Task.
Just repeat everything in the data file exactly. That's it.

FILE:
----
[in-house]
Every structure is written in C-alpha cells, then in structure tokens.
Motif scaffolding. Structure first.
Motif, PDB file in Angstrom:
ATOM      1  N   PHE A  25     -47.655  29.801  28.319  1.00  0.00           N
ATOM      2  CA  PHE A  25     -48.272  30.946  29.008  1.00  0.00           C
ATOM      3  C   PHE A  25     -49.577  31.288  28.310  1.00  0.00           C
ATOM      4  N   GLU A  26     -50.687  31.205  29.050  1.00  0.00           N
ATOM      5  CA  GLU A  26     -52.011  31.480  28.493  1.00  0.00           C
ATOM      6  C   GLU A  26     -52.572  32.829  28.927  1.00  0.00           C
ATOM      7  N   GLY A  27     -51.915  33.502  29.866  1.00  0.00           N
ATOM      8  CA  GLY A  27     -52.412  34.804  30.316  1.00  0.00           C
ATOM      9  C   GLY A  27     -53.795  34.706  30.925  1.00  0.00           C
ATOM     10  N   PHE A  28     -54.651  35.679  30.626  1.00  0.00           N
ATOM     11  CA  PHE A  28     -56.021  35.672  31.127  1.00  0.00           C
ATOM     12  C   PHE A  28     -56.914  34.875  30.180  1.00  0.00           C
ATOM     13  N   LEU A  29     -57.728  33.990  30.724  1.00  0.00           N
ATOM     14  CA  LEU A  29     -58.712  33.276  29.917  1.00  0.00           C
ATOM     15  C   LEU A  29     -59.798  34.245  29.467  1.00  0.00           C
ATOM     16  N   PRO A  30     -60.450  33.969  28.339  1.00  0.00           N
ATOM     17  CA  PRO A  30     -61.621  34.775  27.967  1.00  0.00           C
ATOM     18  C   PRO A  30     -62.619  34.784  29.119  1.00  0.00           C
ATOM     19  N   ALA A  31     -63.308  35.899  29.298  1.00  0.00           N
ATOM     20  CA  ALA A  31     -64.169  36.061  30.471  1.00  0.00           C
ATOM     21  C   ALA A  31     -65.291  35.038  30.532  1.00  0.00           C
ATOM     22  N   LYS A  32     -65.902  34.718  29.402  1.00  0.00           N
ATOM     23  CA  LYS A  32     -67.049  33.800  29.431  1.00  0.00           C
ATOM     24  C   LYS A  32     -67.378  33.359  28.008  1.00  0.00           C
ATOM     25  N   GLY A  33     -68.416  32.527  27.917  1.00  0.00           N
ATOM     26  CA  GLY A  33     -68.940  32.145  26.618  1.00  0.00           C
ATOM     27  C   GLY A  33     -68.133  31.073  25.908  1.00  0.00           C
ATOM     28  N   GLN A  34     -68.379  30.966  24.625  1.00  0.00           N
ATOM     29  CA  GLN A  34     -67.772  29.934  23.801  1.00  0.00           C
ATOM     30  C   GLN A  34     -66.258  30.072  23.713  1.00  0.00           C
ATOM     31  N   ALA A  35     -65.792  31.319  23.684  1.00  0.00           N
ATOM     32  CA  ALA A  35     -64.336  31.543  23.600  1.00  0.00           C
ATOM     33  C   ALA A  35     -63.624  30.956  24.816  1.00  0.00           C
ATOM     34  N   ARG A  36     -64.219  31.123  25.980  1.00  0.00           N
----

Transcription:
[in-house]
Every structure is written in C-alpha cells, then in structure tokens.
Motif scaffolding. Structure first.
Motif, PDB file in Angstrom:
ATOM      1  N   PHE A  25     -47.655  29.801  28.319  1.00  0.00           N
ATOM      2  CA  PHE A  25     -48.272  30.946  29.008  1.00  0.00           C
ATOM      3  C   PHE A  25     -49.577  31.288  28.310  1.00  0.00           C
ATOM      4  N   GLU A  26     -50.687  31.205  29.050  1.00  0.00           N
ATOM      5  CA  GLU A  26     -52.011  31.480  28.493  1.00  0.00           C
ATOM      6  C   GLU A  26     -52.572  32.829  28.927  1.00  0.00           C
ATOM      7  N   GLY A  27     -51.915  33.502  29.866  1.00  0.00           N
ATOM      8  CA  GLY A  27     -52.412  34.804  30.316  1.00  0.00           C
ATOM      9  C   GLY A  27     -53.795  34.706  30.925  1.00  0.00           C
ATOM     10  N   PHE A  28     -54.651  35.679  30.626  1.00  0.00           N
ATOM     11  CA  PHE A  28     -56.021  35.672  31.127  1.00  0.00           C
ATOM     12  C   PHE A  28     -56.914  34.875  30.180  1.00  0.00           C
ATOM     13  N   LEU A  29     -57.728  33.990  30.724  1.00  0.00           N
ATOM     14  CA  LEU A  29     -58.712  33.276  29.917  1.00  0.00           C
ATOM     15  C   LEU A  29     -59.798  34.245  29.467  1.00  0.00           C
ATOM     16  N   PRO A  30     -60.450  33.969  28.339  1.00  0.00           N
ATOM     17  CA  PRO A  30     -61.621  34.775  27.967  1.00  0.00           C
ATOM     18  C   PRO A  30     -62.619  34.784  29.119  1.00  0.00           C
ATOM     19  N   ALA A  31     -63.308  35.899  29.298  1.00  0.00           N
ATOM     20  CA  ALA A  31     -64.169  36.061  30.471  1.00  0.00           C
ATOM     21  C   ALA A  31     -65.291  35.038  30.532  1.00  0.00           C
ATOM     22  N   LYS A  32     -65.902  34.718  29.402  1.00  0.00           N
ATOM     23  CA  LYS A  32     -67.049  33.800  29.431  1.00  0.00           C
ATOM     24  C   LYS A  32     -67.378  33.359  28.008  1.00  0.00           C
ATOM     25  N   GLY A  33     -68.416  32.527  27.917  1.00  0.00           N
ATOM     26  CA  GLY A  33     -68.940  32.145  26.618  1.00  0.00           C
ATOM     27  C   GLY A  33     -68.133  31.073  25.908  1.00  0.00           C
ATOM     28  N   GLN A  34     -68.379  30.966  24.625  1.00  0.00           N
ATOM     29  CA  GLN A  34     -67.772  29.934  23.801  1.00  0.00           C
ATOM     30  C   GLN A  34     -66.258  30.072  23.713  1.00  0.00           C
ATOM     31  N   ALA A  35     -65.792  31.319  23.684  1.00  0.00           N
ATOM     32  CA  ALA A  35     -64.336  31.543  23.600  1.00  0.00           C
ATOM     33  C   ALA A  35     -63.624  30.956  24.816  1.00  0.00           C
ATOM     34  N   ARG A  36     -64.219  31.123  25.980  1.00  0.00           N